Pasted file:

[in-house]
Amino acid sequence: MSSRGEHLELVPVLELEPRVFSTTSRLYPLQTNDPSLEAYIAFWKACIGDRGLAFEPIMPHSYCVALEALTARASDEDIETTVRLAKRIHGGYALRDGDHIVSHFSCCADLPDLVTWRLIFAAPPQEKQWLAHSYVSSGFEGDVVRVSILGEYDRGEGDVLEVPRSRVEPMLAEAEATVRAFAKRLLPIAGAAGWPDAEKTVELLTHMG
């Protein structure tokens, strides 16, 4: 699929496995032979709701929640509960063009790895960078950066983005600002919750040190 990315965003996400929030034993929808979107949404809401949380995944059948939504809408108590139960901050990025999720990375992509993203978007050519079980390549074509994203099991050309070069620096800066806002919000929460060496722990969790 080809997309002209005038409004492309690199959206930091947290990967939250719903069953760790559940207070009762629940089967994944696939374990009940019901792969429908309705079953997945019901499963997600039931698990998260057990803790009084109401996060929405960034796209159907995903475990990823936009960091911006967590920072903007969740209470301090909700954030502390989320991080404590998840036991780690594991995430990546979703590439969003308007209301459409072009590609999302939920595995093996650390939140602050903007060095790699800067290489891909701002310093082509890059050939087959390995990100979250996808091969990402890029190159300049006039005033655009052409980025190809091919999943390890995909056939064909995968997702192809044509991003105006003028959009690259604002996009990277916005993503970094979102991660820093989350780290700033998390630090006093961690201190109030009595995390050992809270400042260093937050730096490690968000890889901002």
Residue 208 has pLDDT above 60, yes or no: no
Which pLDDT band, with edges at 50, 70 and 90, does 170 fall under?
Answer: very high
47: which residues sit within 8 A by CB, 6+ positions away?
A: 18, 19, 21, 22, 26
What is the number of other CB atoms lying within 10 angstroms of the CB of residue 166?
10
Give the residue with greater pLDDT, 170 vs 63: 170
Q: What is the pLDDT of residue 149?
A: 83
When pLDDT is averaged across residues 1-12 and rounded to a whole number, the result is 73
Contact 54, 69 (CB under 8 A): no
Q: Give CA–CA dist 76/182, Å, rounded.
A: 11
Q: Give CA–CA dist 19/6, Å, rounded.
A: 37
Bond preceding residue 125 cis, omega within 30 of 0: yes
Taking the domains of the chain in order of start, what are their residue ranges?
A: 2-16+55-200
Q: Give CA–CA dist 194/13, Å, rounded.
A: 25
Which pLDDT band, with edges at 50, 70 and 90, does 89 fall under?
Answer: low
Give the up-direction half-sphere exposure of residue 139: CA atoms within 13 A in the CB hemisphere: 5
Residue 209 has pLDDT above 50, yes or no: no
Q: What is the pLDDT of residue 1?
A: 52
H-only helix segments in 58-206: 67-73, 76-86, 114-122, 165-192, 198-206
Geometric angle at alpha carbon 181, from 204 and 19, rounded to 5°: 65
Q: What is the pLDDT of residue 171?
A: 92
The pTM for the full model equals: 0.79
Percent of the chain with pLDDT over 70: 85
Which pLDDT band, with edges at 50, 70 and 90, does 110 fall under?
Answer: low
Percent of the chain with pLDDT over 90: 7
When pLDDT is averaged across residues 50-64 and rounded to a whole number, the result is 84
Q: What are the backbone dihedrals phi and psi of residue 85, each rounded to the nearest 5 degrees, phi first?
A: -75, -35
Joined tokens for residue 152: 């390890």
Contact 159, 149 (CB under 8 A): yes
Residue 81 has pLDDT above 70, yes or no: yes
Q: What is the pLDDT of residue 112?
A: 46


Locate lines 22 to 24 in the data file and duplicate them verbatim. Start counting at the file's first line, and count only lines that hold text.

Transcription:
A: 2-16+55-200
Q: Give CA–CA dist 194/13, Å, rounded.
A: 25